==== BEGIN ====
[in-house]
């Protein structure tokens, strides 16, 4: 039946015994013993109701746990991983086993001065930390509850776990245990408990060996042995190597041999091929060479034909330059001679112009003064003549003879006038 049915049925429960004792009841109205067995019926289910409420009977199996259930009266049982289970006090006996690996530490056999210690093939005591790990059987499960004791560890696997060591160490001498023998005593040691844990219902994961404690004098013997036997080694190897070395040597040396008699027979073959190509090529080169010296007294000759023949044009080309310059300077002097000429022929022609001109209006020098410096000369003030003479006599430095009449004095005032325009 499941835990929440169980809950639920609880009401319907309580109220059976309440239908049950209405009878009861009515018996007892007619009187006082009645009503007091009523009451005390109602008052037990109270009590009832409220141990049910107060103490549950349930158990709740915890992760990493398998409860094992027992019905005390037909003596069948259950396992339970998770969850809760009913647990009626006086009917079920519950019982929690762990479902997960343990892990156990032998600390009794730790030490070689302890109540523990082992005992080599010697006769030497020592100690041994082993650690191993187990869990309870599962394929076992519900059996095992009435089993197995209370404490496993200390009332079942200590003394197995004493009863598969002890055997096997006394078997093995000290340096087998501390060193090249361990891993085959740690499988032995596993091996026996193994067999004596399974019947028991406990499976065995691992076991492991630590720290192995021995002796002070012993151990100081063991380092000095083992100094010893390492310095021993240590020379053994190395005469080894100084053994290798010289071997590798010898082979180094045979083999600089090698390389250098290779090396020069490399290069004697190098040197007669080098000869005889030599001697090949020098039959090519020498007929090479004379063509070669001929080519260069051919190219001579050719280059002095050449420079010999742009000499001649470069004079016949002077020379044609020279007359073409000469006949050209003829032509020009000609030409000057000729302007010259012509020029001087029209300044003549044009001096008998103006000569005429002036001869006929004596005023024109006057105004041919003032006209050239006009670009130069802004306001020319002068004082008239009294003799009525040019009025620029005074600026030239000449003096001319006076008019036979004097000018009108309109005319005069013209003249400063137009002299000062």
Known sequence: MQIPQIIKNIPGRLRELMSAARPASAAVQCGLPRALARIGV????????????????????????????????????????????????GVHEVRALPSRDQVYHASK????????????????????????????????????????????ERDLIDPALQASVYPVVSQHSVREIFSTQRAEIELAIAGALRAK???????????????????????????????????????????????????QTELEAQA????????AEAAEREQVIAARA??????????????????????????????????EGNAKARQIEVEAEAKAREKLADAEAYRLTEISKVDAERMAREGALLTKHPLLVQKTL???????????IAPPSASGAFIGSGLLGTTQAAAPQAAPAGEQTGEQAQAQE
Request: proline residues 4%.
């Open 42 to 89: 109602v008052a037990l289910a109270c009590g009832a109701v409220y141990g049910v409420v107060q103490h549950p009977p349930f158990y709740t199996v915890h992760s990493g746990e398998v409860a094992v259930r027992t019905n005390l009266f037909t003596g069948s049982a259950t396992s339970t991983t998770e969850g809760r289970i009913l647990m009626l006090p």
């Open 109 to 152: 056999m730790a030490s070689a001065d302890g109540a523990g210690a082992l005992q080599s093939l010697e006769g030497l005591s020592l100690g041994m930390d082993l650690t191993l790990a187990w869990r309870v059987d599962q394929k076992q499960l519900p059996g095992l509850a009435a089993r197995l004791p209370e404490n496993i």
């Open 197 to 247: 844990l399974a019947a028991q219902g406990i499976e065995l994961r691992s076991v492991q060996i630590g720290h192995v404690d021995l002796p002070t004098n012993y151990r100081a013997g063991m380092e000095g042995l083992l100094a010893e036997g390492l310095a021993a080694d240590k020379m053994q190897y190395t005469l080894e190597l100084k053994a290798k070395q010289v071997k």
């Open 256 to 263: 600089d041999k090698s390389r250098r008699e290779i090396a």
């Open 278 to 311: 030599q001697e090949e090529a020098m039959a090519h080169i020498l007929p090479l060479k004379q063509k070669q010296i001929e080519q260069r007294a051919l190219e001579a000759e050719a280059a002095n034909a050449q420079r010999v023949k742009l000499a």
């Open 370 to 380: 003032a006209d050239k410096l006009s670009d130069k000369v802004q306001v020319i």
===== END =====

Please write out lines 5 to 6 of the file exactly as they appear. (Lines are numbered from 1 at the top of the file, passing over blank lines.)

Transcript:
């Open 42 to 89: 109602v008052a037990l289910a109270c009590g009832a109701v409220y141990g049910v409420v107060q103490h549950p009977p349930f158990y709740t199996v915890h992760s990493g746990e398998v409860a094992v259930r027992t019905n005390l009266f037909t003596g069948s049982a259950t396992s339970t991983t998770e969850g809760r289970i009913l647990m009626l006090p």
């Open 109 to 152: 056999m730790a030490s070689a001065d302890g109540a523990g210690a082992l005992q080599s093939l010697e006769g030497l005591s020592l100690g041994m930390d082993l650690t191993l790990a187990w869990r309870v059987d599962q394929k076992q499960l519900p059996g095992l509850a009435a089993r197995l004791p209370e404490n496993i």